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It was released exclusively on December 21, 1994, and was released nationwide four days later on December 25, 1994, by Columbia Pictures.The film is dedicated to murder victim Polly Klaas and literary agent Judy Scott-Fox.Jo later deals with the added disappointment that Aunt March has decided to take the now seventeen-year-old Amy with her to Europe instead of Jo, as Amy now works as aunt's companion and Aunt March wishes for Amy to further her training as an artist in Europe.
Gradually, I saw that Gillian Armstrong [...] was taking it seriously.
And then I began to appreciate the ensemble acting, with the five actresses creating the warmth and familiarity of a real family." Edward Guthmann of the San Francisco Chronicle called the film "meticulously crafted and warmly acted" and observed it "is one of the rare Hollywood studio films that invites your attention, slowly and elegantly, rather than propelling your interest with effects and easy manipulation." Against its budget of $18 million, the film was a success.
There she meets Friedrich Bhaer, a German professor who challenges and stimulates her intellectually, introduces her to opera and philosophy, and encourages her to write better stories than the lurid Victorian melodramas she has penned so far. She is disappointed to find he has become dissolute and irresponsible, and scolds him for pursuing her merely to become part of the March family.
In return, he bitterly rebukes her for courting one of his wealthy college friends in order to marry into money.
Laurie promises Amy to kiss her before she dies should she become ill.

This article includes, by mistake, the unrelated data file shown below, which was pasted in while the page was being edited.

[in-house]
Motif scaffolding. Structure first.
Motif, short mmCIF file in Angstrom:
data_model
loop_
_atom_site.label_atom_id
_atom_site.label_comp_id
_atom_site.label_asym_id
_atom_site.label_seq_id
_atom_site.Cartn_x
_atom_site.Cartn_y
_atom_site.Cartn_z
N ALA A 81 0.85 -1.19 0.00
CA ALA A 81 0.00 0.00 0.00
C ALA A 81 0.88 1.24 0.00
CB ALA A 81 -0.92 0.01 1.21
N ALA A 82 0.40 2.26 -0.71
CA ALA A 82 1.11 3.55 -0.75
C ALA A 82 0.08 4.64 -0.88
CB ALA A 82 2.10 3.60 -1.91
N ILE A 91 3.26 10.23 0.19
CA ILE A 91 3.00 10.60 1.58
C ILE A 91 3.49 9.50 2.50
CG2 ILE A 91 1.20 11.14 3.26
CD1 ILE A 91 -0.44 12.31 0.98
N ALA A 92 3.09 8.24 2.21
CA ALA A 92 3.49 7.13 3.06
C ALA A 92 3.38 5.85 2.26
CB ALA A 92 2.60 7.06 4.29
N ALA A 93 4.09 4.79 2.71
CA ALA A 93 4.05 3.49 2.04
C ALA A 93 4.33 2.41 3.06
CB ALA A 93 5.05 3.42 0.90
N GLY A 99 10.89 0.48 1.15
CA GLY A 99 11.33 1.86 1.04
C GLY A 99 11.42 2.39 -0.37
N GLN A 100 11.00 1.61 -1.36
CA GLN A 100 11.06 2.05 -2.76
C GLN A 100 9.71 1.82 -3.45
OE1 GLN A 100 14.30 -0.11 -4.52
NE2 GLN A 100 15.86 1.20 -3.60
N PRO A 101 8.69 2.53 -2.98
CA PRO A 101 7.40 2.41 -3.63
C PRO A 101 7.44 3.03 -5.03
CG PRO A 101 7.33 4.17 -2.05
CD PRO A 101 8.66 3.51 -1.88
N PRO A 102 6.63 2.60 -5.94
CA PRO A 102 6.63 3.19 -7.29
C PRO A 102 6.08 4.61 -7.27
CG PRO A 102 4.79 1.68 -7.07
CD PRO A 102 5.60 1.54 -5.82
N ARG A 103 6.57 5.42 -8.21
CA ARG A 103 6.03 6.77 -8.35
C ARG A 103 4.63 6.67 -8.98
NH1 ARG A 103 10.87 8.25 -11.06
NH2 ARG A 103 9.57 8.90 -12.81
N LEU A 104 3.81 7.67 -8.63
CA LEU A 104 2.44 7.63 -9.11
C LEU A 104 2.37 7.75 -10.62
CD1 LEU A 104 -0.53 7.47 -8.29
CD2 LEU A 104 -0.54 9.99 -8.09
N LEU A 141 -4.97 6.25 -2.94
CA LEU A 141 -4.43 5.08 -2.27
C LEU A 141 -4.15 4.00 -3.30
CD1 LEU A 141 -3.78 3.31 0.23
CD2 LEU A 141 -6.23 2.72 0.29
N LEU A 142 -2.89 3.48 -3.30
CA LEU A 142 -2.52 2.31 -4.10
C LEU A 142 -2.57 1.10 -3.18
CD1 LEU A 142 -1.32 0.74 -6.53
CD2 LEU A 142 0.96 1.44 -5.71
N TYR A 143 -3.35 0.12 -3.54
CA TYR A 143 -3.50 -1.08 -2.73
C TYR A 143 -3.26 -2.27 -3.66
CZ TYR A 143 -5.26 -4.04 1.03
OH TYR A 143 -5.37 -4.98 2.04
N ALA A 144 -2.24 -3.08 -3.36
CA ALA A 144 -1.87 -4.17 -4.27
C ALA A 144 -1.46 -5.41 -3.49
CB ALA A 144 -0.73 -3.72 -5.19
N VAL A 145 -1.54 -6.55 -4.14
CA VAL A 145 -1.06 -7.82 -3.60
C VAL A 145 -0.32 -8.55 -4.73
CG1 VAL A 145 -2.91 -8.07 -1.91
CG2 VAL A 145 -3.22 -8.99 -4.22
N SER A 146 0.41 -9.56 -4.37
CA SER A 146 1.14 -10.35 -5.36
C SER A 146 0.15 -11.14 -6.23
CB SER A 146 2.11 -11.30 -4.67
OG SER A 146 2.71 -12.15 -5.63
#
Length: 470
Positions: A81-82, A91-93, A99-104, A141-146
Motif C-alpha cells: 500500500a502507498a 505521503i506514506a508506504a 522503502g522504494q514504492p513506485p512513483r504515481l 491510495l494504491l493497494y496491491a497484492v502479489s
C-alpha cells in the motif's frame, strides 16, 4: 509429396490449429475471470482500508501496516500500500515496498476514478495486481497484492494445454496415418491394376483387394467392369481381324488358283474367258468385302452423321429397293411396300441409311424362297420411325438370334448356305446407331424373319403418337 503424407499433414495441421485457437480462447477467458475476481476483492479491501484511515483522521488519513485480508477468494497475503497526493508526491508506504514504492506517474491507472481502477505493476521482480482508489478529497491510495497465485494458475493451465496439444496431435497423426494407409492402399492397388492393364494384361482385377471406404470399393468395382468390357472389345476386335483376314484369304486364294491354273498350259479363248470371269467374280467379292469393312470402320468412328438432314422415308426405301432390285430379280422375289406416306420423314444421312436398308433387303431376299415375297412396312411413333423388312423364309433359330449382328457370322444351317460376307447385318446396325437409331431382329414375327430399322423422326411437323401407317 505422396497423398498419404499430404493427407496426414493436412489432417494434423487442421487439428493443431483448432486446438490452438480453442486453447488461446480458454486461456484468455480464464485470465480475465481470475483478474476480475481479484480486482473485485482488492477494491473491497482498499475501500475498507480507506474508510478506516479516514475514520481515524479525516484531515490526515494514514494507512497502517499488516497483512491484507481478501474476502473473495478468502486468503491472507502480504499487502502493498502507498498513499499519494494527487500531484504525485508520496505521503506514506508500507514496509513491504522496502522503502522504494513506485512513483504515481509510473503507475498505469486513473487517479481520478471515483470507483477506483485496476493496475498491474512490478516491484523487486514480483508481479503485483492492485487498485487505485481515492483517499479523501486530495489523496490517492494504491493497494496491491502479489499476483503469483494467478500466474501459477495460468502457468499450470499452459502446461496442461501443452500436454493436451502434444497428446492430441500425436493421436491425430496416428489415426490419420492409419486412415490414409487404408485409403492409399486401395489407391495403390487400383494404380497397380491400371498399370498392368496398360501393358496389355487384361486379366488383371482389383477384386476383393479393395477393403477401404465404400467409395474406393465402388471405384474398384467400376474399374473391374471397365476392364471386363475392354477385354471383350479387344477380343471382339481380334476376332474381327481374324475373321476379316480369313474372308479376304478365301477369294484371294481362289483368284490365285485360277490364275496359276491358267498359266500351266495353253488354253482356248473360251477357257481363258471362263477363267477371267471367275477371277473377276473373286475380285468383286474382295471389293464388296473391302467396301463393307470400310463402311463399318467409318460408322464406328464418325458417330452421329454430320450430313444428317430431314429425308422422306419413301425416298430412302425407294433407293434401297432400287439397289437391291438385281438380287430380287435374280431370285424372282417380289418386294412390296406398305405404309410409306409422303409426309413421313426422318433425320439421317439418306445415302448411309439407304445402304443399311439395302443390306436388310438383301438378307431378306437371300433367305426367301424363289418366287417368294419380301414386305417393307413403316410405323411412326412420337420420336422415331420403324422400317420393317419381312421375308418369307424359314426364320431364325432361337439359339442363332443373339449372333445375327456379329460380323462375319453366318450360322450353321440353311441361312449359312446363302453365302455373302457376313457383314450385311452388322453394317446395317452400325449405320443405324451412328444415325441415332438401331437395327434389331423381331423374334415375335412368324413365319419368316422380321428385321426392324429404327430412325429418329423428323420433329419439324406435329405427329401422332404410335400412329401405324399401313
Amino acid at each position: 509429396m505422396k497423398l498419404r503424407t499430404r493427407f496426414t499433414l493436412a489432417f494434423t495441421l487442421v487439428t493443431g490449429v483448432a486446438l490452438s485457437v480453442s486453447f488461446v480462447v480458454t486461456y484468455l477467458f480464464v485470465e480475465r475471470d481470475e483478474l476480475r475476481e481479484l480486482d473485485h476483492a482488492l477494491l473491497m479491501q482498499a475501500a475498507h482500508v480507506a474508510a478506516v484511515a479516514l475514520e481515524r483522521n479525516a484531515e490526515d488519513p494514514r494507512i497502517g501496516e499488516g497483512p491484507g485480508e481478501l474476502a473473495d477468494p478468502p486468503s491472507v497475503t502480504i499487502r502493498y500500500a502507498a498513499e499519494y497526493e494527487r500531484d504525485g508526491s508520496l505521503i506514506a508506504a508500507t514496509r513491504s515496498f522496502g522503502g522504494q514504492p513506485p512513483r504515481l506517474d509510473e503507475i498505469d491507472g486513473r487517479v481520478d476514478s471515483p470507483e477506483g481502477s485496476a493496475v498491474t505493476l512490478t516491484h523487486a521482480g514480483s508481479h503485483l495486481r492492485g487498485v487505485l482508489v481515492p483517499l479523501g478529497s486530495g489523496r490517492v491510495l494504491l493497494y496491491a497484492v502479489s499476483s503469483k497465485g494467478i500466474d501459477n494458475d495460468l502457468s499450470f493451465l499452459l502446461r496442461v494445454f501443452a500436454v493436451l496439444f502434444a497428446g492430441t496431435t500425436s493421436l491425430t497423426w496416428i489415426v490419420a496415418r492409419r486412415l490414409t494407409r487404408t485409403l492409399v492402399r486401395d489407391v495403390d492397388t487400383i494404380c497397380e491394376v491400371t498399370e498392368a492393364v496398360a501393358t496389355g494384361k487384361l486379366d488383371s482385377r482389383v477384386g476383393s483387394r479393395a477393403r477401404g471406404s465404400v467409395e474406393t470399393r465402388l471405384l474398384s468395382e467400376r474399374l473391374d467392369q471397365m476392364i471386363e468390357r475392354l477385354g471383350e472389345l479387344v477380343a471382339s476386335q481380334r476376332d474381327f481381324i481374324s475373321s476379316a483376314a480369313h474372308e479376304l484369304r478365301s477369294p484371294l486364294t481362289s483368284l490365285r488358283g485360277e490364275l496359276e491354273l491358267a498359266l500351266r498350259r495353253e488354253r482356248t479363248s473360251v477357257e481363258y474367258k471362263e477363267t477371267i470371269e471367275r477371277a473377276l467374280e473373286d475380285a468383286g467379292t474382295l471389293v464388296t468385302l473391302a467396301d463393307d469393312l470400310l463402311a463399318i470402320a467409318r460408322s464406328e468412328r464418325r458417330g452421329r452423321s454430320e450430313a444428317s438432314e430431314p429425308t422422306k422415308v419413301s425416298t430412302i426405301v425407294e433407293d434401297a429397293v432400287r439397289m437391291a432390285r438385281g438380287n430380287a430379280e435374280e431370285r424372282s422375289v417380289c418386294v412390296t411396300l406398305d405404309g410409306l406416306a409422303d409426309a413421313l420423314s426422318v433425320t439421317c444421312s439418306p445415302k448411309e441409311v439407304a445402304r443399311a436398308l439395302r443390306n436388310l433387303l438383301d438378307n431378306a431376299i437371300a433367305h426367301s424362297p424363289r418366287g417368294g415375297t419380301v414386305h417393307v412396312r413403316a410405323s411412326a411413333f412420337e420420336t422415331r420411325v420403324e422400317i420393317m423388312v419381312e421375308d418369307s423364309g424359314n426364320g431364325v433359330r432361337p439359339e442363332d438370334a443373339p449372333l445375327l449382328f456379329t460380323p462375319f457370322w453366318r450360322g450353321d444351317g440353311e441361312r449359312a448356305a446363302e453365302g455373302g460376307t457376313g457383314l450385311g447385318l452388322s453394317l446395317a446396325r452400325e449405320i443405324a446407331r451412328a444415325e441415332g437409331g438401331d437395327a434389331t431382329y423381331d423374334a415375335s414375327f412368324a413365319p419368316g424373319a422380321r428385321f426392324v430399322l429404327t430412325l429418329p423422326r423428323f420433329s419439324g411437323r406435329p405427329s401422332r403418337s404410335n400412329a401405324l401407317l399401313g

Prior to Beth's illness, Jo had been Aunt March's companion for several years, and while she was unhappy with her position she tolerated it in the hope her aunt one day would take her to Europe.The film focuses on the March sisters: beautiful Meg, tempestuous Jo, tender Beth, and romantic Amy, who are growing up in Concord, Massachusetts during and after the American Civil War.With their father away fighting in the war, the girls struggle with major and minor problems under the guidance of their strong-willed mother, affectionately called Marmee.Professor Bhaer arrives with the printed galley proofs of her manuscript, but when he mistakenly believes Jo has married Laurie he departs to catch a train to the West, where he is to become a teacher.Jo runs after him and explains the misunderstanding.Awaiting Marmee's return, Meg and Jo, who both previously survived scarlet fever, send Amy away to live in safety with their Aunt March.Fearing that she too may contract the illness, Amy laments to Laurie that she may die without ever being kissed.When she begs him not to leave, he proposes marriage and she happily accepts.According to the review aggregator website Rotten Tomatoes, 91% of critics have given the film a positive review based on 33 reviews, with an average rating of 7.45/10.As a means of escaping some of their problems, the sisters revel in performing in romantic plays written by Jo in their attic theater. Laurence, whose grandson Theodore, nicknamed "Laurie", moves in with him and becomes a close friend of the March family, particularly Jo. Laurence becomes a mentor for Beth, whose exquisite piano-playing reminds him of his deceased young daughter, and Meg falls in love with Laurie's tutor John Brooke. March is wounded in the war, Jo sells her hair so that Marmee can purchase a train ticket to travel to Mr. While Marmee is away, Beth continues Marmee's visits to a struggling family in order to provide them food and firewood.During this time she contracts scarlet fever from the family's infant.